approach (as well as the usual division-free Newton-Raphson method for 1/sqrt)

requires setting c=a*a + b*b followed by range reducing c to a small interval.

Does anyone know of better alternatives?

George Miel, Hughes Research Laboratories, 3011 Malibu Cyn Rd, Malibu CA 90265

213-317-5841 miel@csfvax.hac.com

------------------------------

From: Bill White <bwhite@ucbvax.Berkeley.EDU>

Date: 15 Mar 91 17:02:00 GMT

As part of the Ada 9X effort we considering changes to the definition

of Ada floating point number representation. We are looking at two

different models: the Brown model [1] and the LCAS model [2]. We are

informally soliciting comments on the following topics.

1.) Is there any other floating point model which is likely

to be a useful candidate for the Ada 9X standard?

2.) Which of floating-point models deal best with the very

important issues of portability and robustness? In

particular, I am concerned here with the essential

difference between the non-determinism of the Brown

model and the determinism of the LCAS model.

We are inclined to favor the Brown model, in the interests of

portability. As even numerics tyros (like me) know, a major problem

with numeric computations is the whimsical nature of optimization

algorithms. It is especially problematic to tell when operands will be in

extended precision registers and when they will be dumped to memory.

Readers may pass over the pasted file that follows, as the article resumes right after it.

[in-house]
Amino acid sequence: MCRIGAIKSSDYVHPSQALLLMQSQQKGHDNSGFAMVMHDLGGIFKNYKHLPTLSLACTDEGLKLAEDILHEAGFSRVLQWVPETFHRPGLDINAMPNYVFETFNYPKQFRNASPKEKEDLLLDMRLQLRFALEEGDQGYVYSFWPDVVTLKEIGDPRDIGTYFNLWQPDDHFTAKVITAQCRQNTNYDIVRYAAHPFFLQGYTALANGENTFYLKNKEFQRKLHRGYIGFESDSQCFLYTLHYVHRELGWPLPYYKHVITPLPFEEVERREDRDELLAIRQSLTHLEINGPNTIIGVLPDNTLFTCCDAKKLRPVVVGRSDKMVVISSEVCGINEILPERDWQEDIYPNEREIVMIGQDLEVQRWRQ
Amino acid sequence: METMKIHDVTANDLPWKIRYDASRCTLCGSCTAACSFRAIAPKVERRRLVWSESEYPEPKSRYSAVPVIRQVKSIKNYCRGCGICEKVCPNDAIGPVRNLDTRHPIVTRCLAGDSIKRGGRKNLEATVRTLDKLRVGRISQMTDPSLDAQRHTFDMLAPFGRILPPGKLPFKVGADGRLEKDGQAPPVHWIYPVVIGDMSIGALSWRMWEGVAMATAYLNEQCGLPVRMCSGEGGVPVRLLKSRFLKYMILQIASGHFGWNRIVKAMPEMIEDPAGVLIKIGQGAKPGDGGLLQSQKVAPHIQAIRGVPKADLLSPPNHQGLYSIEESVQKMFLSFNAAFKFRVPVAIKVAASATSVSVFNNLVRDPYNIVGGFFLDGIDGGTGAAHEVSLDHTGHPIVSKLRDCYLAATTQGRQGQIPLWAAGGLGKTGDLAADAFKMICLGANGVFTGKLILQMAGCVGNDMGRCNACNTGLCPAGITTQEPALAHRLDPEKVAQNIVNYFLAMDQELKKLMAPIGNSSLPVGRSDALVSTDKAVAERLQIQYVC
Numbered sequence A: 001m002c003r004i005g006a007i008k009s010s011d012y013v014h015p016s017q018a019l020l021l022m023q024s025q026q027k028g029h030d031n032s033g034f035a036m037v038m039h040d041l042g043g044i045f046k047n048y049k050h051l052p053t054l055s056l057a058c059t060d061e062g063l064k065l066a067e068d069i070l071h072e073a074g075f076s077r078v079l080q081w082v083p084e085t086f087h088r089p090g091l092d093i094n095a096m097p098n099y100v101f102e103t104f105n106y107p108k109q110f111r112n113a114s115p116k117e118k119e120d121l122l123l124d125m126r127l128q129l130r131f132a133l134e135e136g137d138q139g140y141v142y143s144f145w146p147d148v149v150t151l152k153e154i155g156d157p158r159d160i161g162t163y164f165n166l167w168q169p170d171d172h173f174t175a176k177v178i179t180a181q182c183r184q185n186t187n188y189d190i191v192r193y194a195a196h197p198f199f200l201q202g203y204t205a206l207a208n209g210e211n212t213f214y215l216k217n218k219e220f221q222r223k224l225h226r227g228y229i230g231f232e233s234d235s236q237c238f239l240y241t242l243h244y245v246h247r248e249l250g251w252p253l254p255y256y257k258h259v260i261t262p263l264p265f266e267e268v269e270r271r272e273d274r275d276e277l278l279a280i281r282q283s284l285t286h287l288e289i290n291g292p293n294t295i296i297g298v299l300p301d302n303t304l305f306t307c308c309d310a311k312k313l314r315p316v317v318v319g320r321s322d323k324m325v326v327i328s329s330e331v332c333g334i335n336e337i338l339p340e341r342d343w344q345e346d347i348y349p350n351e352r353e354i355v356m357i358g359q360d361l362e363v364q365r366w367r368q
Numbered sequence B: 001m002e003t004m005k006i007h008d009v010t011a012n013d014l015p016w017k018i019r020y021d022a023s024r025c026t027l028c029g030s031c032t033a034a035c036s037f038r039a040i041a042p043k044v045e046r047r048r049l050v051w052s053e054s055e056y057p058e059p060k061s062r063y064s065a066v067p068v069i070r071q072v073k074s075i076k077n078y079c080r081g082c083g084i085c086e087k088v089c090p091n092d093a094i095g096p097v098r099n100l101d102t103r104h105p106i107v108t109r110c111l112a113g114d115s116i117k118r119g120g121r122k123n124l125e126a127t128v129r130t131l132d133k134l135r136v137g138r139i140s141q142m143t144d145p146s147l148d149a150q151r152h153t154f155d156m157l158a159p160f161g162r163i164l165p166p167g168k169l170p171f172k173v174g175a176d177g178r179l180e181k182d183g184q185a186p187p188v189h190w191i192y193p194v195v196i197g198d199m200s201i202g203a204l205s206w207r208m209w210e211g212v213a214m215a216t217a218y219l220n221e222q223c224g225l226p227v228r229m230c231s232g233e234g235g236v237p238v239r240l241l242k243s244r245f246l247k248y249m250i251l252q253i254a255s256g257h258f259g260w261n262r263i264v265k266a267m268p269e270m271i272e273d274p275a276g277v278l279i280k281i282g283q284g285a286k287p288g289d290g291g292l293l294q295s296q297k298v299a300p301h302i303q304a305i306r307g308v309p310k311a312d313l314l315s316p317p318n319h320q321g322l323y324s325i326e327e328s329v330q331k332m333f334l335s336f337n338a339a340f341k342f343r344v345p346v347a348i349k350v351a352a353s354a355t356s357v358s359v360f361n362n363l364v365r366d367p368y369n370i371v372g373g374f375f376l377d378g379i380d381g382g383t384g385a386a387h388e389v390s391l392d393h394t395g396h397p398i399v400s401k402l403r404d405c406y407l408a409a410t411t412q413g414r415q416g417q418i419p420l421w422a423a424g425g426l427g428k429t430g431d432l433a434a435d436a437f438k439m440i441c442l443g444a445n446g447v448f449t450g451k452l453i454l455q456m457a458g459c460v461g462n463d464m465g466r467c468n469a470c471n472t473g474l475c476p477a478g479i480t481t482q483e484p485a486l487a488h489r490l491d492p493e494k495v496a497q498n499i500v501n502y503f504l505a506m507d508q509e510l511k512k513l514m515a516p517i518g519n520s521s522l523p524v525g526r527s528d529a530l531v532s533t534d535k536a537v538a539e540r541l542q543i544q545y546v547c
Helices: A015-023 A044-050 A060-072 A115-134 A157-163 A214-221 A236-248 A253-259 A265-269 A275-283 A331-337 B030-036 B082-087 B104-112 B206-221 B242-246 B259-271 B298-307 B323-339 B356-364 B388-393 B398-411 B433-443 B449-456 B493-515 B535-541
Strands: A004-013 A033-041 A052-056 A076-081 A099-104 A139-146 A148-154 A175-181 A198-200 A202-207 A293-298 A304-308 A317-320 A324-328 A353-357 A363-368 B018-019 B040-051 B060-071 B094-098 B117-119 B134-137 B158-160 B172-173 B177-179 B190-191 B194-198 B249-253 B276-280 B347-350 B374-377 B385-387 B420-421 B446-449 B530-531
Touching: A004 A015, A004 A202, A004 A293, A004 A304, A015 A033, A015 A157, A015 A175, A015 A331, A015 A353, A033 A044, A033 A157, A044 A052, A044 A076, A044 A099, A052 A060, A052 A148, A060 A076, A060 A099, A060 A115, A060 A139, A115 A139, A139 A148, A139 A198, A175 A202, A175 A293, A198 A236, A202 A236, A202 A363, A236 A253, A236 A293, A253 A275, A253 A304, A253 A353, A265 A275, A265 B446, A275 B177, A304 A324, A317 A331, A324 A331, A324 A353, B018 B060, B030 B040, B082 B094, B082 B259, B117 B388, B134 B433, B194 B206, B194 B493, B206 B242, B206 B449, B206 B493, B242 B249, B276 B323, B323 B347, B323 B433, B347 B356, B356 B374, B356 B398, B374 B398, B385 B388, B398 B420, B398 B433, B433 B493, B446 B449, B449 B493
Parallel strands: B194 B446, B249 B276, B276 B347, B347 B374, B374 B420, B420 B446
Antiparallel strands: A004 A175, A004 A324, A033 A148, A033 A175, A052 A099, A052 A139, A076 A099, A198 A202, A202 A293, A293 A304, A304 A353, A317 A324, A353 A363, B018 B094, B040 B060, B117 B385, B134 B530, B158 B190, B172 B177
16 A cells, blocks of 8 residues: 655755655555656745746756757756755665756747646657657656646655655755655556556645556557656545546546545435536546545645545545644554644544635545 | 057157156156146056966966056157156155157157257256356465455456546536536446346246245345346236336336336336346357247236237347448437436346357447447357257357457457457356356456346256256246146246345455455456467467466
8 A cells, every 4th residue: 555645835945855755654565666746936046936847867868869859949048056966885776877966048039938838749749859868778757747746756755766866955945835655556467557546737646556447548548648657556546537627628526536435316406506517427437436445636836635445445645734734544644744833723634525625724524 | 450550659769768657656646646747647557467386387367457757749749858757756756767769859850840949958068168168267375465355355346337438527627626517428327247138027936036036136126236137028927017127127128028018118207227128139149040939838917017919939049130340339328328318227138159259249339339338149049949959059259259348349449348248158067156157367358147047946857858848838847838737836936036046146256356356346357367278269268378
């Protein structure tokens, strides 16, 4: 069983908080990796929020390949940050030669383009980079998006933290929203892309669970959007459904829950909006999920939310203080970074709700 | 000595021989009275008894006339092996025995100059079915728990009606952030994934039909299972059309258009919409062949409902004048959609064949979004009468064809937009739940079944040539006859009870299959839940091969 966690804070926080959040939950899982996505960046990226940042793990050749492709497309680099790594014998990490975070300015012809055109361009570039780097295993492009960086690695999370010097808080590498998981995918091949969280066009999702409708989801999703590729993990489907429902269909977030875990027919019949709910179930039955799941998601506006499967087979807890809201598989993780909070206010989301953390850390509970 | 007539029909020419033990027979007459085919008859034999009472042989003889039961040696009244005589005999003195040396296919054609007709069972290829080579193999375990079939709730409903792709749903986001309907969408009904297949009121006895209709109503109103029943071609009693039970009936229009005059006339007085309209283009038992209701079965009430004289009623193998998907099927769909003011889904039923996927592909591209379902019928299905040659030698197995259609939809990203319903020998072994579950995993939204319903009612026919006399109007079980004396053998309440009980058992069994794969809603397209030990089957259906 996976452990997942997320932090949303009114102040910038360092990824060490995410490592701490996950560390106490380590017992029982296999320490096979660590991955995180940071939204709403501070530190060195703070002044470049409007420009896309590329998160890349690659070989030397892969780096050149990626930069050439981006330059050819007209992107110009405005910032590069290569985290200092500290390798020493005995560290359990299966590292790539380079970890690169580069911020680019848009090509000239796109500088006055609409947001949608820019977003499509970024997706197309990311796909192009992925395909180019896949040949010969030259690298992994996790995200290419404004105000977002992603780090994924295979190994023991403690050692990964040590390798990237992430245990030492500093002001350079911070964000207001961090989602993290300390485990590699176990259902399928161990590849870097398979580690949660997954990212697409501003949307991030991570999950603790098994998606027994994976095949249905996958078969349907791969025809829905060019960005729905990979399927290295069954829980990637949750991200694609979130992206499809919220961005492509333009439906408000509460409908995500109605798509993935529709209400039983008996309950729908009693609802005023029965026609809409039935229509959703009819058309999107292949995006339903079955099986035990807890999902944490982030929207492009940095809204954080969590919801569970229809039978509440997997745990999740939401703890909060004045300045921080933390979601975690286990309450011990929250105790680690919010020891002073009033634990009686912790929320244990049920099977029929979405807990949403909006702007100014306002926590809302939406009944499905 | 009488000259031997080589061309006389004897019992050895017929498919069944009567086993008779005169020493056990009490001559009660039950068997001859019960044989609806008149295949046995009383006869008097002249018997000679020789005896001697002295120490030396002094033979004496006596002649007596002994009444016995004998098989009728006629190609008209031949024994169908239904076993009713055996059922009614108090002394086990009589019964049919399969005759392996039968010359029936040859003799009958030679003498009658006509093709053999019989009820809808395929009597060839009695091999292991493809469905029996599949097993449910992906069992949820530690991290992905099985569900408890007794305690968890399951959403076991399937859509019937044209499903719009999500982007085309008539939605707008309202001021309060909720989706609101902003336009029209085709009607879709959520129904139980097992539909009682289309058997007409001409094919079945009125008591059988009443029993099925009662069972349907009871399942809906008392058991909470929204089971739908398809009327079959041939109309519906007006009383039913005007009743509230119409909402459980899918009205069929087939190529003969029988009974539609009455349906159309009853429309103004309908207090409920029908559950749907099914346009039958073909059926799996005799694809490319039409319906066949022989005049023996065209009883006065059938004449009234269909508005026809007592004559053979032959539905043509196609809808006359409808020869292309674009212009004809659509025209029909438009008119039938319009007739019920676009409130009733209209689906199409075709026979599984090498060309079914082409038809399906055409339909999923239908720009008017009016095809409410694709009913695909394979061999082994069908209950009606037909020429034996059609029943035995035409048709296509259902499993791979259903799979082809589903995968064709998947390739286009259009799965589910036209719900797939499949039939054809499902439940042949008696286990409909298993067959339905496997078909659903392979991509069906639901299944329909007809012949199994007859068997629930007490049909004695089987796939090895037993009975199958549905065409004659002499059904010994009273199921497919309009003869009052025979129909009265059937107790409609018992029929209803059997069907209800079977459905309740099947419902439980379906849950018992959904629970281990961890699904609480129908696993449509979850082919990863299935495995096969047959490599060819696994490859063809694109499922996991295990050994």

The attractive aspect of the Brown model is that the non-determinism

explicitly hides the optimization effects. The more highly detemined

LCAS model requires that the numerical analyst know the optimizer's

algorithm completely. This is not always possible, or even desirable,

as the algorithms may change and improve with different compiler releases.

The particular things I am interested in are:

1.) Pointers to any other reasonable floating point models.

Since we are working in an Ada framework, the models must

be general enough to analyze IEEE floating point, but not

be restricted to a single architecture.

2.) References in the literature to analyses of numerical algorithms

which use the floating-point model explicitly. The only

one I know of is the one in Brown's original paper. I

am certain there are more, but as I am not a numerical

analyst by training I am not sure how or where to proceed.

Any help would be appreciated.

Peace,

Bill White

[1] W.S. Brown, A Simple but Realistic Model of Floating Point

Computations, ACM Transactions on Mathematical Software, vol 7,

(1981) pp. 445-480.

[2] Mary Payne, Craig Schaffert, and Brian Wichmann, Proposal for a